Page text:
Get access to everything we publish when you sign up for Outside+.
Etiquette expert Lizzie Post, great-great-granddaughter of Emily Post, knows a thing or two about the rules of the road—and the descendant of the famous decorum diva is a runner too!
Why does everyone hate on treadmill runners? What’s a nice way to say that running at the gym is just as hard as running outside?
This question gets at something going on in the larger conversation about runners and running: Why are we ever competitive about who is a more authentic runner? For example, I’d totally tell you that I’m a runner. I love to run. But over time, I decided I loved my runs best and was most motivated when I do intervals of running and walking. When I explain to people that I do run-walk intervals and not for high-intensity training, (I do a moderate 9-minute mile while I run and a medium walking pace during my walk intervals) I somehow I feel like I have to justify it.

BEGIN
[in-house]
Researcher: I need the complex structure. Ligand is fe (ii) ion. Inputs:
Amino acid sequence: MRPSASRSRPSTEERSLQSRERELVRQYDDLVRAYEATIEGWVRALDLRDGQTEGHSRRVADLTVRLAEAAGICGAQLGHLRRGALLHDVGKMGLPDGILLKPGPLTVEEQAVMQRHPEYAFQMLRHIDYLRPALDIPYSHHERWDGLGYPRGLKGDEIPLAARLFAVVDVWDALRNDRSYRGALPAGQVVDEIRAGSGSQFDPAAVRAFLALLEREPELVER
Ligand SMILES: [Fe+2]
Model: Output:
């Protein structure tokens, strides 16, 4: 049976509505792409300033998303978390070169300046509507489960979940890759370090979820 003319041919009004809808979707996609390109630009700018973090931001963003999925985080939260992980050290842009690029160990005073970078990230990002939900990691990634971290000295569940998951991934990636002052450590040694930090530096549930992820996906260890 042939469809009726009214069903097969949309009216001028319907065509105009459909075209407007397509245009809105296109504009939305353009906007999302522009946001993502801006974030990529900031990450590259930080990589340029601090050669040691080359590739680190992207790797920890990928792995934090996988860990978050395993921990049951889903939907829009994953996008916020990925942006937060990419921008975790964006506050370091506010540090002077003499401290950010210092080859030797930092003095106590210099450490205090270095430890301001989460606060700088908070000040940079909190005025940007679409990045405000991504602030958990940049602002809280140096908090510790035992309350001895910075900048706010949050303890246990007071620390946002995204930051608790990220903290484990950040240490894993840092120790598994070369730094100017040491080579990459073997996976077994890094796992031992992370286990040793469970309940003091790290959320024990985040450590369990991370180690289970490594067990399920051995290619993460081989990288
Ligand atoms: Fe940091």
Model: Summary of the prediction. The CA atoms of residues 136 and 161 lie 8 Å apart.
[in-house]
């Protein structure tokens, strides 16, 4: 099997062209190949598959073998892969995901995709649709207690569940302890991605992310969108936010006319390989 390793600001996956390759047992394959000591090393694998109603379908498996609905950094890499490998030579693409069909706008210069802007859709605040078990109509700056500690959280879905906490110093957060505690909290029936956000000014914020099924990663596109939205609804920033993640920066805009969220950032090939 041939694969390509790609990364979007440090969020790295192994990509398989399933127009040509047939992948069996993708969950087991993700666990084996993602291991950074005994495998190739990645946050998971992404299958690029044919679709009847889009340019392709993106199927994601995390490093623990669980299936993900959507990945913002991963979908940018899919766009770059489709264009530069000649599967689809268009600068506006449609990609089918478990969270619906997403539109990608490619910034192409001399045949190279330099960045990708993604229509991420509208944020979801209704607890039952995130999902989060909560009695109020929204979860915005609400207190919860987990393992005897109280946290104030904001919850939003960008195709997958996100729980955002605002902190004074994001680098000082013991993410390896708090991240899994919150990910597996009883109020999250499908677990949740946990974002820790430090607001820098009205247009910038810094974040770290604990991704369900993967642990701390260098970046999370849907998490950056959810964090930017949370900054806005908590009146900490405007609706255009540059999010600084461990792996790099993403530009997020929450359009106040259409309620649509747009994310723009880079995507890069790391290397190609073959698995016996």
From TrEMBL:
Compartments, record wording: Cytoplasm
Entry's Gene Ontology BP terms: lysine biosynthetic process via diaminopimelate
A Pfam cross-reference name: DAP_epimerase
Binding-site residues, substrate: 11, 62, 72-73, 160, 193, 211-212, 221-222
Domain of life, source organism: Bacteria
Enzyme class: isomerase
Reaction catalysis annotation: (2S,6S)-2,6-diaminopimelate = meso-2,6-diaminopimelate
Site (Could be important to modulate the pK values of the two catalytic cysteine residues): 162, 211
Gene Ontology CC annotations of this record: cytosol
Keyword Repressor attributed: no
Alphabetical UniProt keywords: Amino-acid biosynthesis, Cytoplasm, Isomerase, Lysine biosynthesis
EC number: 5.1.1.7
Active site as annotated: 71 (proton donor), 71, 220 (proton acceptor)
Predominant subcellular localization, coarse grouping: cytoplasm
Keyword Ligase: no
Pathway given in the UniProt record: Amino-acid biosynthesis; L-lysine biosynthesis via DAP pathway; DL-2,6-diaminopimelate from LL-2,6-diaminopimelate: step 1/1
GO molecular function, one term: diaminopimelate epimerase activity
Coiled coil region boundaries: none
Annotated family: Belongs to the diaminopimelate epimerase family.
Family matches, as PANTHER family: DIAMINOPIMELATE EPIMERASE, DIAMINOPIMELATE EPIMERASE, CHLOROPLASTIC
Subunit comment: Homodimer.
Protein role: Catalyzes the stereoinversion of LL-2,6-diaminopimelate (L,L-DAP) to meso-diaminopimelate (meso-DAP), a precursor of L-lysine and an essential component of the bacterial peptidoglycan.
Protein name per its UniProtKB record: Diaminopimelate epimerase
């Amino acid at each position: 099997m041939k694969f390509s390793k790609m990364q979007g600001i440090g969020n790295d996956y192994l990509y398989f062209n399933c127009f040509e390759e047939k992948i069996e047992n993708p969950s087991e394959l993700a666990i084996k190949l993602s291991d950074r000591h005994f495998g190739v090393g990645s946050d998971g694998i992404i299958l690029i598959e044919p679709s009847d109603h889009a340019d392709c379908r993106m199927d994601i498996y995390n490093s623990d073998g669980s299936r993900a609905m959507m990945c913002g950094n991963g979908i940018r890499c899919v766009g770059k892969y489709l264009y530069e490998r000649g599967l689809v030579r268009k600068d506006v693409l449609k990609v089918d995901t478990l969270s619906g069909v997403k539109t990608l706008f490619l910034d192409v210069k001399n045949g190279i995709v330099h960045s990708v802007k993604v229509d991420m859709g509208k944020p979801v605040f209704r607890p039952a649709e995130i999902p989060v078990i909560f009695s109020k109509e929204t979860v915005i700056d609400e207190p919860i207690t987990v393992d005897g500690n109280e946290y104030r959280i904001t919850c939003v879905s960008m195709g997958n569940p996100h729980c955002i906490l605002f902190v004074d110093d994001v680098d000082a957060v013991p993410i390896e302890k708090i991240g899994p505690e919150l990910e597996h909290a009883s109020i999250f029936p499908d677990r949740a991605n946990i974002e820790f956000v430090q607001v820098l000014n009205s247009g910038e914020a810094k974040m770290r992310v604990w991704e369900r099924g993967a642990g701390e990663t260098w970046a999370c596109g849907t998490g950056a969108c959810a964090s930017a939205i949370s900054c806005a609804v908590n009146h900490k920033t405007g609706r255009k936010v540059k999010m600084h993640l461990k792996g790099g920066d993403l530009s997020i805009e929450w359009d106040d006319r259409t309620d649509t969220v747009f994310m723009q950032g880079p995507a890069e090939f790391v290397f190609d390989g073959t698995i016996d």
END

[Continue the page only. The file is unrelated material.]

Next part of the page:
If what gets you motivated is being able to control your pace and incline or watching a movie while you run…or if you like a temperature-controlled environment and don’t have to worry about cars and dogs…or because that cute guy or girl you’re dying to talk to runs on the treadmill next to you…the point is: it does not matter! Your run doesn’t have to be through driving snow for you to be a runner. Proudly be a treadmill enthusiast!
If someone makes a disparaging comment after you’ve said you run on a treadmill, you can always say something like, “Well, I love it. It works for me.” Or try: “I’m pretty happy with my workouts.” A good blank stare with a couple blinks and then a change of subject can also do the trick. Blink. Blink. “So when’s your next race?” Remember: Don’t let someone else’s ego get in your way.
Have a question for Lizzie? Email firstname.lastname@example.org or tweet @WomensRunning with the hashtag #ProperForm.